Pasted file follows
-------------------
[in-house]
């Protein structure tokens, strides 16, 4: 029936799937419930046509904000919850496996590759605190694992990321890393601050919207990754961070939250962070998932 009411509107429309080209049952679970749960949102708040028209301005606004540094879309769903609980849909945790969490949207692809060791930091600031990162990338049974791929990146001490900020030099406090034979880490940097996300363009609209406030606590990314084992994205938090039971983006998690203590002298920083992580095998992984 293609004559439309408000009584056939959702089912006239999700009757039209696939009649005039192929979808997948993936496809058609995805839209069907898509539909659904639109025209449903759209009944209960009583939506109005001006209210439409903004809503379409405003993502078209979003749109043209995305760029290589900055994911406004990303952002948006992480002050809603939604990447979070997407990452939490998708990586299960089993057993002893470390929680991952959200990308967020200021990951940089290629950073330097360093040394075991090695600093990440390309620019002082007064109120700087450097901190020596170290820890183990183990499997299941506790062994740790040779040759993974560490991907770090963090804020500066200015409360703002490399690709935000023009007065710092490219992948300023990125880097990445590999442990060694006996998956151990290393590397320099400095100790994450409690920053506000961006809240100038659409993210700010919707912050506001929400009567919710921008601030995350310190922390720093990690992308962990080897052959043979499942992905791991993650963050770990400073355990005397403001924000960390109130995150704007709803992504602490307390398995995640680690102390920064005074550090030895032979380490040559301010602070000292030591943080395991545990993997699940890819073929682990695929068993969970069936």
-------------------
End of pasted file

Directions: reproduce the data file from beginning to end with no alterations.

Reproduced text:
[in-house]
């Protein structure tokens, strides 16, 4: 029936799937419930046509904000919850496996590759605190694992990321890393601050919207990754961070939250962070998932 009411509107429309080209049952679970749960949102708040028209301005606004540094879309769903609980849909945790969490949207692809060791930091600031990162990338049974791929990146001490900020030099406090034979880490940097996300363009609209406030606590990314084992994205938090039971983006998690203590002298920083992580095998992984 293609004559439309408000009584056939959702089912006239999700009757039209696939009649005039192929979808997948993936496809058609995805839209069907898509539909659904639109025209449903759209009944209960009583939506109005001006209210439409903004809503379409405003993502078209979003749109043209995305760029290589900055994911406004990303952002948006992480002050809603939604990447979070997407990452939490998708990586299960089993057993002893470390929680991952959200990308967020200021990951940089290629950073330097360093040394075991090695600093990440390309620019002082007064109120700087450097901190020596170290820890183990183990499997299941506790062994740790040779040759993974560490991907770090963090804020500066200015409360703002490399690709935000023009007065710092490219992948300023990125880097990445590999442990060694006996998956151990290393590397320099400095100790994450409690920053506000961006809240100038659409993210700010919707912050506001929400009567919710921008601030995350310190922390720093990690992308962990080897052959043979499942992905791991993650963050770990400073355990005397403001924000960390109130995150704007709803992504602490307390398995995640680690102390920064005074550090030895032979380490040559301010602070000292030591943080395991545990993997699940890819073929682990695929068993969970069936």